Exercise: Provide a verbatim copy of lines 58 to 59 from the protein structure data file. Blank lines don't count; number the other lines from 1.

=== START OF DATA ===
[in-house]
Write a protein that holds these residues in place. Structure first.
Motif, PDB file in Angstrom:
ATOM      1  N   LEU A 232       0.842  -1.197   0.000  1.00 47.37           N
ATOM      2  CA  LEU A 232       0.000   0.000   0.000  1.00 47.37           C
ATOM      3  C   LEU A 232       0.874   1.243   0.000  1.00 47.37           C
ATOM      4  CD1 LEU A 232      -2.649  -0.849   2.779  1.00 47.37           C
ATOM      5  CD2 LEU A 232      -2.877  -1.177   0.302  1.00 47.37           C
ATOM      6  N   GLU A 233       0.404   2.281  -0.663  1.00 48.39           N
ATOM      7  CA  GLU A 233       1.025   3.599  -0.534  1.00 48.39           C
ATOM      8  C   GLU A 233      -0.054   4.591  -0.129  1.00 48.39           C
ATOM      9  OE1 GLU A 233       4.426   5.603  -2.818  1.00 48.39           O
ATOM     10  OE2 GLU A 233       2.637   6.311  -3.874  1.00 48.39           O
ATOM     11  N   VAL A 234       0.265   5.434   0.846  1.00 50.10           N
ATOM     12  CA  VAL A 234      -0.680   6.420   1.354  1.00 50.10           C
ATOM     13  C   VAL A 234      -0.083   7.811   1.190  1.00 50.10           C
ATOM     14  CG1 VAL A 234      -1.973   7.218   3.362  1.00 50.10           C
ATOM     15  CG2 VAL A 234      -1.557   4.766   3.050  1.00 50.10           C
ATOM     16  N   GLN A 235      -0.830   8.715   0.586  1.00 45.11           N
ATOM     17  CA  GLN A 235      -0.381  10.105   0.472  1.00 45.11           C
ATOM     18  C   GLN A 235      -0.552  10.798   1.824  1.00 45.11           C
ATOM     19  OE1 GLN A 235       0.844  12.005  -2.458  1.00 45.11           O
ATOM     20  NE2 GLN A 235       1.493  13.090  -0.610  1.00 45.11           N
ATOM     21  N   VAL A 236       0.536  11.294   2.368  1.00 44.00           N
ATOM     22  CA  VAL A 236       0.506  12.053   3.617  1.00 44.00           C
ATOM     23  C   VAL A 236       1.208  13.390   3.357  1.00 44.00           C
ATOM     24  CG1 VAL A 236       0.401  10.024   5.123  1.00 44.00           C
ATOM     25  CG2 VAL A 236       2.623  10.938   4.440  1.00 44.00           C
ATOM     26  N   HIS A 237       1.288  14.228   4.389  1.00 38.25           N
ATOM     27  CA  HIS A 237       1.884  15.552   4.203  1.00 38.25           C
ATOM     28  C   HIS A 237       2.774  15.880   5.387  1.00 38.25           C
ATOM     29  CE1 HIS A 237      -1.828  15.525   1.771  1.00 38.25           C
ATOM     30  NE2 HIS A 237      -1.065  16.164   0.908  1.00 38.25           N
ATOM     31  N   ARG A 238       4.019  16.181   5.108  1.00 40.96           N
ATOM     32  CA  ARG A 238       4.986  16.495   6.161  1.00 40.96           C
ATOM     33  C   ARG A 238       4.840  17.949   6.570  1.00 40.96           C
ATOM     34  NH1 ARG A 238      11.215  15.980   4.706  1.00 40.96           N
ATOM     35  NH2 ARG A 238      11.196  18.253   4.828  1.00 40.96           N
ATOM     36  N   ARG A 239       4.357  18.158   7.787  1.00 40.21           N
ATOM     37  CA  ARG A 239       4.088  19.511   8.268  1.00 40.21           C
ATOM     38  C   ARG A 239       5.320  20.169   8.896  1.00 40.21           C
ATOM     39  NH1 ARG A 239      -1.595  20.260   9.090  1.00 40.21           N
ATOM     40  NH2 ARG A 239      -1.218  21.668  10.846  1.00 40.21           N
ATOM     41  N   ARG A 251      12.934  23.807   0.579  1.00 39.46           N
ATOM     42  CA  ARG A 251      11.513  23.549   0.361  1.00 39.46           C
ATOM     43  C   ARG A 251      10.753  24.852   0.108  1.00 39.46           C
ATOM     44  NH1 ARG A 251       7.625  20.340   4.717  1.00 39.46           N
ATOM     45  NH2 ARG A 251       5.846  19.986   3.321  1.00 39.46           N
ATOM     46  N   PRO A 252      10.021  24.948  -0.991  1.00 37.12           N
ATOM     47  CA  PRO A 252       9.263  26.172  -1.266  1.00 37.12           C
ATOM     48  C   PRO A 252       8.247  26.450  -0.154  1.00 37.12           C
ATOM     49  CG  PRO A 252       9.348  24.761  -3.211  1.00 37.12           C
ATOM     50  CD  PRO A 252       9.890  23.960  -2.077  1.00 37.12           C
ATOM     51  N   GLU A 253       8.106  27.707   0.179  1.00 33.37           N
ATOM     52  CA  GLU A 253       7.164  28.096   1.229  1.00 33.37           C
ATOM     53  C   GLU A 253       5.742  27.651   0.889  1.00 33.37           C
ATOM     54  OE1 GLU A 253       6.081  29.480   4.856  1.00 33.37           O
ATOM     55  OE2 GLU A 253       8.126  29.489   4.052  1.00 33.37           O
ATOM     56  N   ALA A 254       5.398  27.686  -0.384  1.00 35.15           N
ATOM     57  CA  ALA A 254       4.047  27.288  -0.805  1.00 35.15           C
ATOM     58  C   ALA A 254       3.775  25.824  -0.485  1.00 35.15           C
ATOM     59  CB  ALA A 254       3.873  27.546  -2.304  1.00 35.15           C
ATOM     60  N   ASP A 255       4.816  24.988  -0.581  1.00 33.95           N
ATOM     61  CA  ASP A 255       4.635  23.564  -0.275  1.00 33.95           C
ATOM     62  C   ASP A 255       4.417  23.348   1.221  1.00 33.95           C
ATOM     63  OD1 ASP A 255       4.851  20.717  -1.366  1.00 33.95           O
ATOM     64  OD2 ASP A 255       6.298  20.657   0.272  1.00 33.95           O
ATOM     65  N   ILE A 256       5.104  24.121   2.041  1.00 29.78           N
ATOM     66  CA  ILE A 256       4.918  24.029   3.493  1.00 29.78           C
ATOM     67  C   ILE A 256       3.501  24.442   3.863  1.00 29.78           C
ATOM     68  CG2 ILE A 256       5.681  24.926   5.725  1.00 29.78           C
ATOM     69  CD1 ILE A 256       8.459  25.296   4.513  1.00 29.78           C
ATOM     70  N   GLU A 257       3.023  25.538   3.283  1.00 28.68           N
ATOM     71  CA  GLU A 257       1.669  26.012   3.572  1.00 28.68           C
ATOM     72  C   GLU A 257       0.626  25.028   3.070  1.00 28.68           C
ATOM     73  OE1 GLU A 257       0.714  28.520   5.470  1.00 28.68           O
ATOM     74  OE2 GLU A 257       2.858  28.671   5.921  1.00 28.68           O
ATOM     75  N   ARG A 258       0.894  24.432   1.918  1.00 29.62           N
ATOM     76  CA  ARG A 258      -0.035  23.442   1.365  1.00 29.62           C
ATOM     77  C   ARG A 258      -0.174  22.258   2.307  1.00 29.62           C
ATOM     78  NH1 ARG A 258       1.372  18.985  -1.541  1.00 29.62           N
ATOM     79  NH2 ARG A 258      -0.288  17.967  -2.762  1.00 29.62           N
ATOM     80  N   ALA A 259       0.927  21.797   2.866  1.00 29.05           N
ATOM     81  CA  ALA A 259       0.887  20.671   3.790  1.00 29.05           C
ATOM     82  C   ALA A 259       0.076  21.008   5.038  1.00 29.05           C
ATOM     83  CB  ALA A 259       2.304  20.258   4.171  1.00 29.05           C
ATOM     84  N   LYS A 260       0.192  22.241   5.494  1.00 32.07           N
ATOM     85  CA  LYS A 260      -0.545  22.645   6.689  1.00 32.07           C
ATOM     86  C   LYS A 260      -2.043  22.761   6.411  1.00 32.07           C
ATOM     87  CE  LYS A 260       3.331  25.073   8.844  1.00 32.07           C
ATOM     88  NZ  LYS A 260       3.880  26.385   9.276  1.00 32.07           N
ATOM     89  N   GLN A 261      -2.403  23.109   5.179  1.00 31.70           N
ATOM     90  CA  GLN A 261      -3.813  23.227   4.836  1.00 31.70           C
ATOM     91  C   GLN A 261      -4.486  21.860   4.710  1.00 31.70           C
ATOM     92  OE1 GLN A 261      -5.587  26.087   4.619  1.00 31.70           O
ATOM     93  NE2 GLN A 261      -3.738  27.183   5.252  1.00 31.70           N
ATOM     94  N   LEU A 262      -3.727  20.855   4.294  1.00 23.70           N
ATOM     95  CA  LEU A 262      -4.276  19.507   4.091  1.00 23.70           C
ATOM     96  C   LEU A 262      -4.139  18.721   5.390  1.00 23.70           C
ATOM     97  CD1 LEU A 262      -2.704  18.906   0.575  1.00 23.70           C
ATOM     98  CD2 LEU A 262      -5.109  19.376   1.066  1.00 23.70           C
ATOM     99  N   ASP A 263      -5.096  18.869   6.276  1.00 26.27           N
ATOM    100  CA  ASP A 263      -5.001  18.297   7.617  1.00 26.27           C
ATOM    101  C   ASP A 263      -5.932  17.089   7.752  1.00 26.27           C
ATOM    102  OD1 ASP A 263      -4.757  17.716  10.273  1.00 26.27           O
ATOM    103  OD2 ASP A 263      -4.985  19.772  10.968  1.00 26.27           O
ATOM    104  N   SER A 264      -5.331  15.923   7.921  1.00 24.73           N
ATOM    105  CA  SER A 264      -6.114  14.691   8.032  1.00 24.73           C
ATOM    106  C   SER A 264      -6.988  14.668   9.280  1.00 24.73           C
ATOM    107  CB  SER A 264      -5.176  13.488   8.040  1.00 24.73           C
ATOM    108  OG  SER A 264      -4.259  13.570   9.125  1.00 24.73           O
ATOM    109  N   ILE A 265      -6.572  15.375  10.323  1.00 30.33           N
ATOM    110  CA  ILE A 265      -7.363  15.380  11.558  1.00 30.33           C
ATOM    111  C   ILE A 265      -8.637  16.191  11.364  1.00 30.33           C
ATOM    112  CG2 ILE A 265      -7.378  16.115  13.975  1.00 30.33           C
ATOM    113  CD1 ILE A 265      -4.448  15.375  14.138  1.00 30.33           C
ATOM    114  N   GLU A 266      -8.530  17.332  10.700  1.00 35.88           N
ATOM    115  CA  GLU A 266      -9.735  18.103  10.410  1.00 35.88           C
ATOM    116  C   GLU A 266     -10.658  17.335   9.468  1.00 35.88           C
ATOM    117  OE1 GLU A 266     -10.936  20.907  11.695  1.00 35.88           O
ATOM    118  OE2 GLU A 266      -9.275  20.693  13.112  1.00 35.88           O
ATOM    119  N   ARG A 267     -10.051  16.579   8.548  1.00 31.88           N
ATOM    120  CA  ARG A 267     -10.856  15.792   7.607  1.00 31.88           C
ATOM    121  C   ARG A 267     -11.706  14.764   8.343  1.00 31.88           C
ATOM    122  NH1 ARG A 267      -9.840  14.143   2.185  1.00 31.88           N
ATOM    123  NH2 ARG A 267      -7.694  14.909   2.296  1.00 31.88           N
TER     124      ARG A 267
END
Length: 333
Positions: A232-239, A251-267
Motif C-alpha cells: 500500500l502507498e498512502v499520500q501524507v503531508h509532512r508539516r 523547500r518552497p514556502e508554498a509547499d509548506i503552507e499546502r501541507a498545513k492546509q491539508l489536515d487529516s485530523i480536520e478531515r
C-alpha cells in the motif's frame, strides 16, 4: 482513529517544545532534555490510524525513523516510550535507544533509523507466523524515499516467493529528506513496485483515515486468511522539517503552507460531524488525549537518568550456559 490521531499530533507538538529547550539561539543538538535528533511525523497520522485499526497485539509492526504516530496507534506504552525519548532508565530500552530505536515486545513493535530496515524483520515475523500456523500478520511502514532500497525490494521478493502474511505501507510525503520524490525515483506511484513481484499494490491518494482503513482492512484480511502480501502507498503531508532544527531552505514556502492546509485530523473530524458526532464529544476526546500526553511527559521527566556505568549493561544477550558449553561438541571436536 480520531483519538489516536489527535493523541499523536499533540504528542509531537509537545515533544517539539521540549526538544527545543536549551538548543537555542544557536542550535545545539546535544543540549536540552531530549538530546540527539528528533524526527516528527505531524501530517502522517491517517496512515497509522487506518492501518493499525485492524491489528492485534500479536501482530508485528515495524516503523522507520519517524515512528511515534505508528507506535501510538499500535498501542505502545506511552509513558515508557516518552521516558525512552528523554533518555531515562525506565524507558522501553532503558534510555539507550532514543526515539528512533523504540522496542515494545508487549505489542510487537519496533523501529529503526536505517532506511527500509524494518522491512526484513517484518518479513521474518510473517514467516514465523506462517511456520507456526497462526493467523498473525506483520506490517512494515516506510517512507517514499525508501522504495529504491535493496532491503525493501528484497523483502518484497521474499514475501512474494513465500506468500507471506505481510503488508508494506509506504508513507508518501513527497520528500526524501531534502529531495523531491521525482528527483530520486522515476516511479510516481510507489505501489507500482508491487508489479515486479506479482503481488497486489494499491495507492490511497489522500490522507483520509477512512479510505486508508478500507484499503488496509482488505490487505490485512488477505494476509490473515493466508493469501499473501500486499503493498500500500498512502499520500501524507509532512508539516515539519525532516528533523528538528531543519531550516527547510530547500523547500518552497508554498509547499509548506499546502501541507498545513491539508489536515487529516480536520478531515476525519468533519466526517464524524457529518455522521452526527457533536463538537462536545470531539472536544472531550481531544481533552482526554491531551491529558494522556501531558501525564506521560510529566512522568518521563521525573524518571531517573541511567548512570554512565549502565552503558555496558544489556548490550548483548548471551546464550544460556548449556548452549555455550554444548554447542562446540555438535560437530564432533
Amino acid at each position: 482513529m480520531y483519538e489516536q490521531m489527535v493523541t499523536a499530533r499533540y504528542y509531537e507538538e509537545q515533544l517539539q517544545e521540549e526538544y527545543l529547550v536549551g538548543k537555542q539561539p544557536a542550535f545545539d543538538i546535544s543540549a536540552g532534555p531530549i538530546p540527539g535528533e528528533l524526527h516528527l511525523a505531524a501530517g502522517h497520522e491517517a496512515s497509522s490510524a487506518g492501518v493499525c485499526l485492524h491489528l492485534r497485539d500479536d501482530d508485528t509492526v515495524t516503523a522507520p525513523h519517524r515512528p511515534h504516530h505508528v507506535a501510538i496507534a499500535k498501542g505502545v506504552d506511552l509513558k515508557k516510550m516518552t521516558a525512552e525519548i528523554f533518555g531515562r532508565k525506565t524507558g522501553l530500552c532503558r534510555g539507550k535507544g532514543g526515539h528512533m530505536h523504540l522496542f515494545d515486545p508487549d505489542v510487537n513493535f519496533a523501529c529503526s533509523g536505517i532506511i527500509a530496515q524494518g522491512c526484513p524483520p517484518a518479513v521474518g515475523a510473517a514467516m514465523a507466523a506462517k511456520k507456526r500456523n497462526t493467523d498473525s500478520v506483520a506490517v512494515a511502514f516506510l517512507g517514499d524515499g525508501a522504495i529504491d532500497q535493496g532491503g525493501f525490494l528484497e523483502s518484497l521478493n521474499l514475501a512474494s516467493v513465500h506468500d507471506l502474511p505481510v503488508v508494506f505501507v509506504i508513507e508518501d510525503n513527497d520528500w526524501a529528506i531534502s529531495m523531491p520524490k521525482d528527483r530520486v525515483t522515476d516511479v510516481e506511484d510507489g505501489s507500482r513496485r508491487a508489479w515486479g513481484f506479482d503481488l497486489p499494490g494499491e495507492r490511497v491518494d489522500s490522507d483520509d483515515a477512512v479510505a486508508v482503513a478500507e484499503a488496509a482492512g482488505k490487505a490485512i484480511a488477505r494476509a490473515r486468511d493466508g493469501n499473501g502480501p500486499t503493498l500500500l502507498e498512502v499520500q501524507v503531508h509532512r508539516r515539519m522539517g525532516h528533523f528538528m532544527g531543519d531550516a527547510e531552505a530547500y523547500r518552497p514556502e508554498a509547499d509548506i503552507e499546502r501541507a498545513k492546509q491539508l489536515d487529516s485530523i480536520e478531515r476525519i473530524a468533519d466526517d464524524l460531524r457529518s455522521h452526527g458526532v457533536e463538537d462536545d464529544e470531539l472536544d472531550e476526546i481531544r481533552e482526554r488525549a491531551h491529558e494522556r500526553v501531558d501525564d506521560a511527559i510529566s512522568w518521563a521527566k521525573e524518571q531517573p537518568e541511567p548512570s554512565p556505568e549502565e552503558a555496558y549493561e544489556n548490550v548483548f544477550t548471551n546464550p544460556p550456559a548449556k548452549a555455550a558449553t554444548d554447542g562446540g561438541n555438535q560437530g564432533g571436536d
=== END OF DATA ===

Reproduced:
ATOM     55  OE2 GLU A 253       8.126  29.489   4.052  1.00 33.37           O
ATOM     56  N   ALA A 254       5.398  27.686  -0.384  1.00 35.15           N